By Naomi Matlow, guest blogger

While on safari in Akagera National Park, a protected park of multiple ecosystems in eastern Rwanda along the Tanzanian border, one could not help but be struck by the beauty, warm winds and seamless flow of landscapes from African sahara to hippo-filled swampland in the span of a ten-minute jeep ride. After about forty-five minutes seeing topi after topi (topis are African antelopes, I would soon learn) I was getting a little weary. I could not help but think, “Where are the giraffes? Did I miss the zebras? Could we be the trip that actually gets to see the lions?” Ultimately, the lions were out of view because they sought shade from the heat, but the zebras, giraffes and the glimpse of two elephants grazing in the distance were everything that we could have possibly imagined. However, it is the image of the buffalo resting with a small white bird atop its back that has been singed into my memory.

As our wonderful guide and park ranger Emmanuel told us, the Cape buffalo is often spotted with the oxpecker, a small white bird by his side. One could not help but question, how could a buffalo possibly befriend a small bird in the dog-eat-dog, or more specifically hippo eat lion, world that is the sub-Saharan wilderness? We then learned that the oxpecker feeds off of the ticks and insects that seek to feast on the buffalo. The buffalo in turn protects the oxpecker from the prey that would feast on it but for the deterrence effect of a giant buffalo being by its side. The result is the mutualism and beneficial coexistence that occurs between the buffalo and the bird. 

From the outside looking in, this mutual relationship seems absurd and unbelievable. As I watched the two creatures I imagined that thirty seconds later the buffalo would quickly grab the bird with his mouth and we would be audience to a true moment in the wild—lunchtime. We in fact  were witness to a true moment in the wild, but it was not the wild that I had imagined or anticipated. Perhaps that is because it was an occurrence seldom experienced in the human wild— the idea of peaceful coexistence to the point of mutual benefit. I thought, if the behemoth species that is the buffalo can find a way to live side-by-side with the meek and fragile oxpecker in a way that ensures both of their survivals, why can’t we?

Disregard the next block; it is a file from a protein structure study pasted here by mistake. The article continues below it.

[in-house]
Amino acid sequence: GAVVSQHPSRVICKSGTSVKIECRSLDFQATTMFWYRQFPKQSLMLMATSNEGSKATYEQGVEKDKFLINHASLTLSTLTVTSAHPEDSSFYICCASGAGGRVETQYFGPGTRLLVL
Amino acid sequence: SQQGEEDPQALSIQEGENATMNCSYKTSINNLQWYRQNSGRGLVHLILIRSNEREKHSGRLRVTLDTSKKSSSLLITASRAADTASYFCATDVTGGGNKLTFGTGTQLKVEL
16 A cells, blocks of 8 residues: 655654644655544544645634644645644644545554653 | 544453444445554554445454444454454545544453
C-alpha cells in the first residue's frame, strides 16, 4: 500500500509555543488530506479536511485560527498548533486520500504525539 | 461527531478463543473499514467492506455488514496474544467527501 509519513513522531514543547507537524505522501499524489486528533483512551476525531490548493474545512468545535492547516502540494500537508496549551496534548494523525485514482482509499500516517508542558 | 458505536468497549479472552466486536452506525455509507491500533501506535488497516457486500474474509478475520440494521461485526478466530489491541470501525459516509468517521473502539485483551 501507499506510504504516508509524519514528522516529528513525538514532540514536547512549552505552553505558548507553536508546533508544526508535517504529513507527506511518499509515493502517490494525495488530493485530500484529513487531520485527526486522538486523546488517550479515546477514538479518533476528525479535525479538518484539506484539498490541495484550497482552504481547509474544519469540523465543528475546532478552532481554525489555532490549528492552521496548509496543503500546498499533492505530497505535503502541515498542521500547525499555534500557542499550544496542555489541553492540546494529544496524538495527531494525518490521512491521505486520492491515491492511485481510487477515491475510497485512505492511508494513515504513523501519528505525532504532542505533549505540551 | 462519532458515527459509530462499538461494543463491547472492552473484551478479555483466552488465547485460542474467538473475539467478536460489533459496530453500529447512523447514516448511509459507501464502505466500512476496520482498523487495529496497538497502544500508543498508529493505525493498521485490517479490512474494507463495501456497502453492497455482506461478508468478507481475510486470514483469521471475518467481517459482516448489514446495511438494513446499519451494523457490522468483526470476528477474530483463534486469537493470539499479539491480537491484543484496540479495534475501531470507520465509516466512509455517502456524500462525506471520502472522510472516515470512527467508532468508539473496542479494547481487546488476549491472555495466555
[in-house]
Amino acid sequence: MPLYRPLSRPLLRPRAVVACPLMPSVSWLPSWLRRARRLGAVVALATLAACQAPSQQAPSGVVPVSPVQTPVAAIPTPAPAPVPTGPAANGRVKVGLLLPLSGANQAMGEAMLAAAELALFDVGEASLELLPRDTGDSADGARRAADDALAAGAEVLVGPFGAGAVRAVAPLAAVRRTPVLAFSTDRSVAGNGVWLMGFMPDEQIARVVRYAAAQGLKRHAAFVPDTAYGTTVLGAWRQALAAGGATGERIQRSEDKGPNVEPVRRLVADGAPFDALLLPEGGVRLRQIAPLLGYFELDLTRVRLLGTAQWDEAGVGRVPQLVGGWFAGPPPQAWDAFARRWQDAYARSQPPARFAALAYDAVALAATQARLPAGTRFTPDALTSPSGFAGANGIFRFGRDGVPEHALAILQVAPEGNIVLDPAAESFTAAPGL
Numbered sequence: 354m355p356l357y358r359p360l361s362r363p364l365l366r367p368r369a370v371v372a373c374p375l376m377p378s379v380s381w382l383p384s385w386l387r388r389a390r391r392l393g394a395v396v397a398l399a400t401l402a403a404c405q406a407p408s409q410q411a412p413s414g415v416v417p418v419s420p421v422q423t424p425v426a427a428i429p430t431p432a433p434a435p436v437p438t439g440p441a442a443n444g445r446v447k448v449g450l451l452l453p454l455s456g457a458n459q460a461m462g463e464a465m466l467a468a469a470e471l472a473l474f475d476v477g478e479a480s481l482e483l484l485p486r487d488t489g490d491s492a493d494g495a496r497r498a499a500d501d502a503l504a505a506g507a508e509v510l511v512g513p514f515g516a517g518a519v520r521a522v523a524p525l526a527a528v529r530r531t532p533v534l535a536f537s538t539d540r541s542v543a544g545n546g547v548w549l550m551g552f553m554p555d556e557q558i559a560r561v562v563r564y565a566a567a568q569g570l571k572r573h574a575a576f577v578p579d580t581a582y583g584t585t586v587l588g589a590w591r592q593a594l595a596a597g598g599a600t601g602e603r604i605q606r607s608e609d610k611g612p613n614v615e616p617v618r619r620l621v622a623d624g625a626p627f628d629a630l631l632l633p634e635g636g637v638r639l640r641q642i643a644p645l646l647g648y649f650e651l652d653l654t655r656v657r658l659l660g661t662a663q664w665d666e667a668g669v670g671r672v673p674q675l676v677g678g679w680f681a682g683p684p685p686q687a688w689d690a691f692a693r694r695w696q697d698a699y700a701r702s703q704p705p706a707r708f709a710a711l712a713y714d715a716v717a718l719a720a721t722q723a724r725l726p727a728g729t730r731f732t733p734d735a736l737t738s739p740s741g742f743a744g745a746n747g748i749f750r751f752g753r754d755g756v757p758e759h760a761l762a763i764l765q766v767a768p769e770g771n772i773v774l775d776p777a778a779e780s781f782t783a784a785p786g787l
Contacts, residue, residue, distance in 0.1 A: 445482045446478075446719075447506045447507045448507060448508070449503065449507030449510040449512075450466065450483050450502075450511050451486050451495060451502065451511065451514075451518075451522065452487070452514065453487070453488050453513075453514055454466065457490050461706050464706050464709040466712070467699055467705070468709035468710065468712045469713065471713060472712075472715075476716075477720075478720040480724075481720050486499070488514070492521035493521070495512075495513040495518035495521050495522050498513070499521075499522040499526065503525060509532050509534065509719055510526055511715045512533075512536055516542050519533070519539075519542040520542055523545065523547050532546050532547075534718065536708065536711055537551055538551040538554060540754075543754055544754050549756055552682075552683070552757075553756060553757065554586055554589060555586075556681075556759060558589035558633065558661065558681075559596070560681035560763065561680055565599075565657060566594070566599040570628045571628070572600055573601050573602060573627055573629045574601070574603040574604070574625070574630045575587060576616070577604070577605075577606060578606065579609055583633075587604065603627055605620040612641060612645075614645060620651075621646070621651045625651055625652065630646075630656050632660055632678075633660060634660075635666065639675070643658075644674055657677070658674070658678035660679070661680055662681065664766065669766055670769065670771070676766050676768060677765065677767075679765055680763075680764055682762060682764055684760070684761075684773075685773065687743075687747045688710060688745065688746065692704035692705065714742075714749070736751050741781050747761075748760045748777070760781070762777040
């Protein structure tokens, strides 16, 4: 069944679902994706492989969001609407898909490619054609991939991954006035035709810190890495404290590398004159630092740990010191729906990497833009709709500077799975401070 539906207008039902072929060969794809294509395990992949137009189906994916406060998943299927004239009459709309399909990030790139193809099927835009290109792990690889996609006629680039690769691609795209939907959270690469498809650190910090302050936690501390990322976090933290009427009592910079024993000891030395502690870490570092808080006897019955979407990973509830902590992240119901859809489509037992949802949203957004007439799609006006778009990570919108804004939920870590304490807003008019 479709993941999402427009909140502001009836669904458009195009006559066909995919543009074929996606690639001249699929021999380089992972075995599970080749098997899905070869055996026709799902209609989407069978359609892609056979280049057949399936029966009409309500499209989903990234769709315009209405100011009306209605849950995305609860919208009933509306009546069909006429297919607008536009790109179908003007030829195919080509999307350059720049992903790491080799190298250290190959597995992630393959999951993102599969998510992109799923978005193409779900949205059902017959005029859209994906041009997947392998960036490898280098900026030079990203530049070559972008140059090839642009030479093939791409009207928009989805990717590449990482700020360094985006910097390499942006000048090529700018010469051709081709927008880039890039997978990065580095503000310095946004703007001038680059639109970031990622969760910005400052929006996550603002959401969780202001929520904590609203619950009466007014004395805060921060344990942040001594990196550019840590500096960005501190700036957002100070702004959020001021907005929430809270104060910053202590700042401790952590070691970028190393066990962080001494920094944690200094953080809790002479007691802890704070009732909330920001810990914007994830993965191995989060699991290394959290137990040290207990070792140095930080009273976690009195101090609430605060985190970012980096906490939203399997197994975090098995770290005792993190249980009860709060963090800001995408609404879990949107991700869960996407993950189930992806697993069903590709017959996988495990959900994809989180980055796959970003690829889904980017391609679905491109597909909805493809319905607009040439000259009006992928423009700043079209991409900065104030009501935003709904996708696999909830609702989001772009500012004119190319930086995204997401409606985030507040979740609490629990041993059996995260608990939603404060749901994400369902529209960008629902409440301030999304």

After a far too short week in Rwanda, it became clear to me that Rwanda is a country of possibility and a beacon of hope in a world where it often feels like coexistence is a near impossibility. It is a jaw-dropping place from its vast rolling hills to the genuine kindness and heartfelt passion that I felt from the smallest human interaction. No person, like no country, goes through its existence unscathed. However the true test is how we as individuals or countries recognize our past histories in the effort to reshape our futures. Rwanda is an incredible model of how people can live together and coexist in a way that is mutually beneficial, though from the outside such an occurrence after so much devastation may seem impossible. In a country where twenty-one years ago neighbor took up arms against neighbor killing over one million Tutsis and Hutu moderates, how can security, government stability and social welfare be cornerstones for that same nation? How can Hutus and Tutsis now live in harmony and work side by side with the same goal of creating a stable and safe country? I couldn’t help but think “who is to say what is impossible?”

I was privileged to spend a week at the Agahozo-Shalom Youth Village ( on a JDC Entwine Insider Trip. The ASYV is a youth village modeled after Yemin Orde in Israel, where 500 of Rwanda’s most vulnerable youth live, learn and grow in a safe and supportive community built on family values. Agahozo-Shalom was founded by the visionary role model, the late Anne Heyman. While in the Village, our group was given the special opportunity to witness incredible talents, share in thought-provoking discussions, dance, laugh, sing and experience the overflowing kindness and compassion of the magnificent students of the ASYV. Again I thought, who is to say what is impossible? 

In addition to the residential community, the Liquidnet Family High School, the sports fields and the extra-curricular buildings, there is a solar field built by Gigawatt Global on the beautiful 144-acre ASYV oasis. This one solar field alone has increased the electrical capacity of Rwanda by six percent in a country where only fifteen percent of the population have access to electricity. With Israeli inventors, Chinese products, French and German manufacturers and Rwandan contractors, the solar field is another model of mutual benefit. People can work together in ways that benefit all that take part and in Rwanda they do. Maybe we just need a little bit of a reminder of this possibility sometimes. I know I did. 

If there is a place on this planet like Agahozo-Shalom, a place on this planet like Rwanda today, and a place where a buffalo can befriend a little white bird, maybe anything is possible. Maybe after all, the past does not dictate our future.

Naomi Matlow is a Toronto writer who recently participated in an Entwine trip to Rwanda with the American Jewish Joint Distribution Committee. Together with composer Teresa Lotz she has written ThreeTimesFast, a musical that was previewed at the International OCD Conference in Boston this past July.

08-NOV-2008 Tom Merigan (c)